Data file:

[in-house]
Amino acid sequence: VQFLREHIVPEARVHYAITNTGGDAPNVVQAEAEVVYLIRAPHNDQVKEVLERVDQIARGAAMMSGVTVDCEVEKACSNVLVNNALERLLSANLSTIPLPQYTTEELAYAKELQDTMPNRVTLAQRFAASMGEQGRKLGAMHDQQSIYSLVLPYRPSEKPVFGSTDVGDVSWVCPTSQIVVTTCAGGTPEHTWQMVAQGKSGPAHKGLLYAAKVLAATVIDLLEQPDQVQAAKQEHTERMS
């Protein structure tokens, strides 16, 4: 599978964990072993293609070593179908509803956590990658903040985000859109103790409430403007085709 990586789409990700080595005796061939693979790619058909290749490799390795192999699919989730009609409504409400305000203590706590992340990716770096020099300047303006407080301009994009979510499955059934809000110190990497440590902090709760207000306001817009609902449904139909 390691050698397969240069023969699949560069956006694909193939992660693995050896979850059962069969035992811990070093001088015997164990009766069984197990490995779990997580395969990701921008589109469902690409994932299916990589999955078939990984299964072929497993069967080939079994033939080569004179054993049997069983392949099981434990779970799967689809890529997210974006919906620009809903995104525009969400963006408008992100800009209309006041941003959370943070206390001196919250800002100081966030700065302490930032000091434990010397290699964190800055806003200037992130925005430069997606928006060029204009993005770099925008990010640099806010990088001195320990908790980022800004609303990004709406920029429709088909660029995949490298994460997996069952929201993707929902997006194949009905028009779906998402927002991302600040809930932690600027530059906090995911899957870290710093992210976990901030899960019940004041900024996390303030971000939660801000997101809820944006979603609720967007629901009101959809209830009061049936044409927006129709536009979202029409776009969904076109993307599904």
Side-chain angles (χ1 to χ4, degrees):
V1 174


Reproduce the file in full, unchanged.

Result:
[in-house]
Amino acid sequence: VQFLREHIVPEARVHYAITNTGGDAPNVVQAEAEVVYLIRAPHNDQVKEVLERVDQIARGAAMMSGVTVDCEVEKACSNVLVNNALERLLSANLSTIPLPQYTTEELAYAKELQDTMPNRVTLAQRFAASMGEQGRKLGAMHDQQSIYSLVLPYRPSEKPVFGSTDVGDVSWVCPTSQIVVTTCAGGTPEHTWQMVAQGKSGPAHKGLLYAAKVLAATVIDLLEQPDQVQAAKQEHTERMS
């Protein structure tokens, strides 16, 4: 599978964990072993293609070593179908509803956590990658903040985000859109103790409430403007085709 990586789409990700080595005796061939693979790619058909290749490799390795192999699919989730009609409504409400305000203590706590992340990716770096020099300047303006407080301009994009979510499955059934809000110190990497440590902090709760207000306001817009609902449904139909 390691050698397969240069023969699949560069956006694909193939992660693995050896979850059962069969035992811990070093001088015997164990009766069984197990490995779990997580395969990701921008589109469902690409994932299916990589999955078939990984299964072929497993069967080939079994033939080569004179054993049997069983392949099981434990779970799967689809890529997210974006919906620009809903995104525009969400963006408008992100800009209309006041941003959370943070206390001196919250800002100081966030700065302490930032000091434990010397290699964190800055806003200037992130925005430069997606928006060029204009993005770099925008990010640099806010990088001195320990908790980022800004609303990004709406920029429709088909660029995949490298994460997996069952929201993707929902997006194949009905028009779906998402927002991302600040809930932690600027530059906090995911899957870290710093992210976990901030899960019940004041900024996390303030971000939660801000997101809820944006979603609720967007629901009101959809209830009061049936044409927006129709536009979202029409776009969904076109993307599904």
Side-chain angles (χ1 to χ4, degrees):
V1 174